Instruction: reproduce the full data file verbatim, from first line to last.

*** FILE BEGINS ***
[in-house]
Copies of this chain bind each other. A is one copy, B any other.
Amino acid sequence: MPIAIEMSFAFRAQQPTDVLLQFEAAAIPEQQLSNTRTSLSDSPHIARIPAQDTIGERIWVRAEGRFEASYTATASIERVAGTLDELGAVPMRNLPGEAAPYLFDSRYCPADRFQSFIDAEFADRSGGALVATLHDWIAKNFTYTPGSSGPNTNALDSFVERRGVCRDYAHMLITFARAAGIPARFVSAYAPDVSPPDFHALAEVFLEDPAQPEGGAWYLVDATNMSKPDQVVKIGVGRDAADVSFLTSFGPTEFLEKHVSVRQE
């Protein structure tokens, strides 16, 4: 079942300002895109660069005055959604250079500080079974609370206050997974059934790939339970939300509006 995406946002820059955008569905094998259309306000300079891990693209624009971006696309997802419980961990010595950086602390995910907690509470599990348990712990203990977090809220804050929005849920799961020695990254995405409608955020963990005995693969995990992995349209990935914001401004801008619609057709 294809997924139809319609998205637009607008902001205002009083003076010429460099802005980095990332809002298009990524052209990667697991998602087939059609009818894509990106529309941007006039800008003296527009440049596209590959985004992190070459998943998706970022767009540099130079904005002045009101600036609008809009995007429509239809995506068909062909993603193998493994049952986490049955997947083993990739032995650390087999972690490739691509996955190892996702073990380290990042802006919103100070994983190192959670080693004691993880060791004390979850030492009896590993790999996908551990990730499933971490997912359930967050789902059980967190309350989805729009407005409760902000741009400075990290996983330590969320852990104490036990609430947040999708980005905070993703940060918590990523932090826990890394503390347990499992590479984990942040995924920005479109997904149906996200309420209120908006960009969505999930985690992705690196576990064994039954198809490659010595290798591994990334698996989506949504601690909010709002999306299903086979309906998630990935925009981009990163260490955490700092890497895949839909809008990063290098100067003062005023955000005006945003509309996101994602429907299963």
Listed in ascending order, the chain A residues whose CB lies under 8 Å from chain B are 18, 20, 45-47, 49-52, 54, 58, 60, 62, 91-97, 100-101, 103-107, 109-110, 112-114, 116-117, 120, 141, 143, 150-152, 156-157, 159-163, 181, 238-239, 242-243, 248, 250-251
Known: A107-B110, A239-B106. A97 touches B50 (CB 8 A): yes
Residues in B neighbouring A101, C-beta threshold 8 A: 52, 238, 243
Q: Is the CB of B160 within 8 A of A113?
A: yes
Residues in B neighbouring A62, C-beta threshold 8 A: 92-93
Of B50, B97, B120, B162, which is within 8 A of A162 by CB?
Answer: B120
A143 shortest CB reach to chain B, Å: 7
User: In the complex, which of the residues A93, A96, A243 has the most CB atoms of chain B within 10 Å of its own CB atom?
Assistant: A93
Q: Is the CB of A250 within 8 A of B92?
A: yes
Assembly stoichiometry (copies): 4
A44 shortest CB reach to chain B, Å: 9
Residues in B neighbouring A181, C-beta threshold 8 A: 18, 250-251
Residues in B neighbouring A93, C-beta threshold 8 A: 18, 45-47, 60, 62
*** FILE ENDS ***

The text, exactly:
[in-house]
Copies of this chain bind each other. A is one copy, B any other.
Amino acid sequence: MPIAIEMSFAFRAQQPTDVLLQFEAAAIPEQQLSNTRTSLSDSPHIARIPAQDTIGERIWVRAEGRFEASYTATASIERVAGTLDELGAVPMRNLPGEAAPYLFDSRYCPADRFQSFIDAEFADRSGGALVATLHDWIAKNFTYTPGSSGPNTNALDSFVERRGVCRDYAHMLITFARAAGIPARFVSAYAPDVSPPDFHALAEVFLEDPAQPEGGAWYLVDATNMSKPDQVVKIGVGRDAADVSFLTSFGPTEFLEKHVSVRQE
């Protein structure tokens, strides 16, 4: 079942300002895109660069005055959604250079500080079974609370206050997974059934790939339970939300509006 995406946002820059955008569905094998259309306000300079891990693209624009971006696309997802419980961990010595950086602390995910907690509470599990348990712990203990977090809220804050929005849920799961020695990254995405409608955020963990005995693969995990992995349209990935914001401004801008619609057709 294809997924139809319609998205637009607008902001205002009083003076010429460099802005980095990332809002298009990524052209990667697991998602087939059609009818894509990106529309941007006039800008003296527009440049596209590959985004992190070459998943998706970022767009540099130079904005002045009101600036609008809009995007429509239809995506068909062909993603193998493994049952986490049955997947083993990739032995650390087999972690490739691509996955190892996702073990380290990042802006919103100070994983190192959670080693004691993880060791004390979850030492009896590993790999996908551990990730499933971490997912359930967050789902059980967190309350989805729009407005409760902000741009400075990290996983330590969320852990104490036990609430947040999708980005905070993703940060918590990523932090826990890394503390347990499992590479984990942040995924920005479109997904149906996200309420209120908006960009969505999930985690992705690196576990064994039954198809490659010595290798591994990334698996989506949504601690909010709002999306299903086979309906998630990935925009981009990163260490955490700092890497895949839909809008990063290098100067003062005023955000005006945003509309996101994602429907299963």
Listed in ascending order, the chain A residues whose CB lies under 8 Å from chain B are 18, 20, 45-47, 49-52, 54, 58, 60, 62, 91-97, 100-101, 103-107, 109-110, 112-114, 116-117, 120, 141, 143, 150-152, 156-157, 159-163, 181, 238-239, 242-243, 248, 250-251
Known: A107-B110, A239-B106. A97 touches B50 (CB 8 A): yes
Residues in B neighbouring A101, C-beta threshold 8 A: 52, 238, 243
Q: Is the CB of B160 within 8 A of A113?
A: yes
Residues in B neighbouring A62, C-beta threshold 8 A: 92-93
Of B50, B97, B120, B162, which is within 8 A of A162 by CB?
Answer: B120
A143 shortest CB reach to chain B, Å: 7
User: In the complex, which of the residues A93, A96, A243 has the most CB atoms of chain B within 10 Å of its own CB atom?
Assistant: A93
Q: Is the CB of A250 within 8 A of B92?
A: yes
Assembly stoichiometry (copies): 4
A44 shortest CB reach to chain B, Å: 9
Residues in B neighbouring A181, C-beta threshold 8 A: 18, 250-251
Residues in B neighbouring A93, C-beta threshold 8 A: 18, 45-47, 60, 62